A second race on practically the same lines as the first was arranged to come off over the same course on Saturday, the sixteenth of September. The same boats were on hand for the race, except the Old Tub and the Queen. The Old Tub was on Spirit Lake, and it was too much work to get her over the isthmus, and the Queen had had enough of it. This time Mr. Waugh handled the Martha Washington. The wind was blowing a perfect gale, accompanied with some rain, but the boys ;started in for their race all the same, All of the boats were soon blown ashore or disabled, except the Martha Washington, which under the careful handling of Mr. Waugh made the race and pocketed the prize.
Other and larger crafts were added to the sailboat fleet the next season, the most noted of which were the "Foam," by T. J. Francis, of Spirit Lake, and the "Swan," by James F. Hall, of Okoboji. The "Petrel," by the Henderson boys, was put on a little later. During the next summer it was proposed to have a three days regatta, commencing on the fourth day of July. As before Mr. Van Steenburg put up a twenty-five dollar purse in addition to which each of the boat owners put up an entrance fee. As before there were six entries. The Foam and the Swan were new boats, while the Martha Washington and the Okoboji Star were not entered. The Foam was handled by L. W. Waugh, and the Swan by Owen Gowan, both skillful sailors. A writer in the Beacon (who was an eye witness) describes the outcome of the first day's race as follows:
"The Foam turned the buoy just one minute and thirty seconds in advance of the Swan, and when they crossed the score on the downward passage the distance between them was so short that betting was considered decidedly unsafe. Of course the interest in the race centered in these two crafts and the outcome was eagerly awaited, and nobody was much surprised when they came in just two minutes and thirty seconds apart, the Foam leading."
Baxter's Lady of the Lake got away with third money, beating all competitors of last year. The second day the wind was so light that the race was decidedly uninteresting. The entries were the Foam, Spook, Swan, Old Tub and Lady of the Lake. The Foam, by reason of her enormous spread of canvas, soon distanced all competitors, easily winning first place. The Swan, Spook, Old Tub and Lady of the Lake came in in the order named.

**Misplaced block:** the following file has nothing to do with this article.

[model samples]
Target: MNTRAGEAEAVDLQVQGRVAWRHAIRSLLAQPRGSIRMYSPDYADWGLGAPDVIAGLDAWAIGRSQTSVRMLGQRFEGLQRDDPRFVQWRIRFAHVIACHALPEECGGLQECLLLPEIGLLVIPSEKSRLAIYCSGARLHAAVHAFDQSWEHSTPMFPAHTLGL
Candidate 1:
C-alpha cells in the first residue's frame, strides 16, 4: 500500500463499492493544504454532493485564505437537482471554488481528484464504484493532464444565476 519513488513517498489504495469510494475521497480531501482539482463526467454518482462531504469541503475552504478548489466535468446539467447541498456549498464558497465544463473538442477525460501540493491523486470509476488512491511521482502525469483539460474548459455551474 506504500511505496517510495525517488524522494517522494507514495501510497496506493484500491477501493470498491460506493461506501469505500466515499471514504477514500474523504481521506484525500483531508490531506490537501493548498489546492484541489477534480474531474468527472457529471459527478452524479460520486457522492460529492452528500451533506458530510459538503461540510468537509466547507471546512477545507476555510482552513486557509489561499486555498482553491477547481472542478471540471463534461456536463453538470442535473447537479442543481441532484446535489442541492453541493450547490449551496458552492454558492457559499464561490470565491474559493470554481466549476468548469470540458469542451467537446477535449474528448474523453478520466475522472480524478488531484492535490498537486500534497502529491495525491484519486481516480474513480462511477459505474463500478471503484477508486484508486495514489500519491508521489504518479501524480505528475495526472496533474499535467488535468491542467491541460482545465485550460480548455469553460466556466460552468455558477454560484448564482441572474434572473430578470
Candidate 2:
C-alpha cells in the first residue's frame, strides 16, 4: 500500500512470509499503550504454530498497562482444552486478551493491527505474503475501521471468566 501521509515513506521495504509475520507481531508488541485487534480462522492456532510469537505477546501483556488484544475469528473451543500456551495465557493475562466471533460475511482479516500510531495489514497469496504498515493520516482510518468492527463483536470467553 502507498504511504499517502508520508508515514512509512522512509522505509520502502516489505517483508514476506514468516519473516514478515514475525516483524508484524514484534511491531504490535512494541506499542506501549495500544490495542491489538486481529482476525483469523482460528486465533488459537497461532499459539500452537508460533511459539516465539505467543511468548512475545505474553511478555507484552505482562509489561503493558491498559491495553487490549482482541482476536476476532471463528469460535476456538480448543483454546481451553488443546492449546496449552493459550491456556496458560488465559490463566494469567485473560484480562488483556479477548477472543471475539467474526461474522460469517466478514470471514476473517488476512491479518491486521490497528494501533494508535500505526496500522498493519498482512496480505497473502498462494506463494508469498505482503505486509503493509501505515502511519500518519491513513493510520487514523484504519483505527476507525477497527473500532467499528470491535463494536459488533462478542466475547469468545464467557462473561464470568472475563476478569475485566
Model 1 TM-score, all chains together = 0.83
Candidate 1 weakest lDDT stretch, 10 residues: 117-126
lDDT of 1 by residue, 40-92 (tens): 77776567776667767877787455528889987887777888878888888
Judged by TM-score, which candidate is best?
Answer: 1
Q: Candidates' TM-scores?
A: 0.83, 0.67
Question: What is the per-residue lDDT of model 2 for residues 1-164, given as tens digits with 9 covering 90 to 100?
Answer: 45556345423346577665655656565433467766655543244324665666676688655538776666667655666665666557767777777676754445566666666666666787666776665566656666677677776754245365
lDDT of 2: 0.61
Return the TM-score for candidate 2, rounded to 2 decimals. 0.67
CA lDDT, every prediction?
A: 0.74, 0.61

On the third and last day but three of the boats contested, the Foam, the Swan and the Spook. Soon after starting the Swan was disabled, and the Foam had things her own way.
A yacht club was formed at this time. Rules for measuring boats, for figuring time allowances and for governing races generally were adopted and published in pamphlet form. The first officers of the yacht club were Commodore, L. W. Waugh; Vice-Commodore, Charles G. Chesebro; Rear Commodore, Henry Baxter; Secretary, A. A. Mosher; Treasurer, Henry F. Rice; Measurer, L. W. Waugh. Several other races were had first and last under the management of the yacht club in many of which a good degree of interest was taken, but after a time it became an old story. The interest died out and the yacht club went to pieces.
In the meantime the Henderson brothers bought the Foam and made regular trips with her from Spirit Lake to Arnold's Park. She was the first craft of any kind on the lake to run for passengers, and did a fair stroke of business. A somewhat singular incident occurred in connection with these trips that is worth preserving. One day A. A. Henderson started from town on his return trip, accompanied by -- Morgan and E. V. Osborn. The weather was unsettled and threatening, but for all that the boys had no apprehension of any trouble. They started from the dock, made the run through the narrows and past Stony Point all right when they noticed a rapidly moving cloud, more threatening in appearance than anything they had before seen. It proved to be a regular twister. Henderson proposed dropping under the lee of one of the sheltering points and wait until the storm had passed, but the others were very anxious to get home and urged him to keep on his course, claiming that with their present rate of speed they would make it in twenty minutes more and that it would probably be that time before the storm would reach them. Henderson yielded and kept his course. When pretty well across the lower lake the squall struck them. They had just before lowered and furled their main sail and were running with the jib alone. As the squall struck it caught the boat up almost out of the water and turned it bottom upwards and hurled it down with such force as to drive the mast some twelve feet into the mud in the bottom of the lake, and there she stuck fast.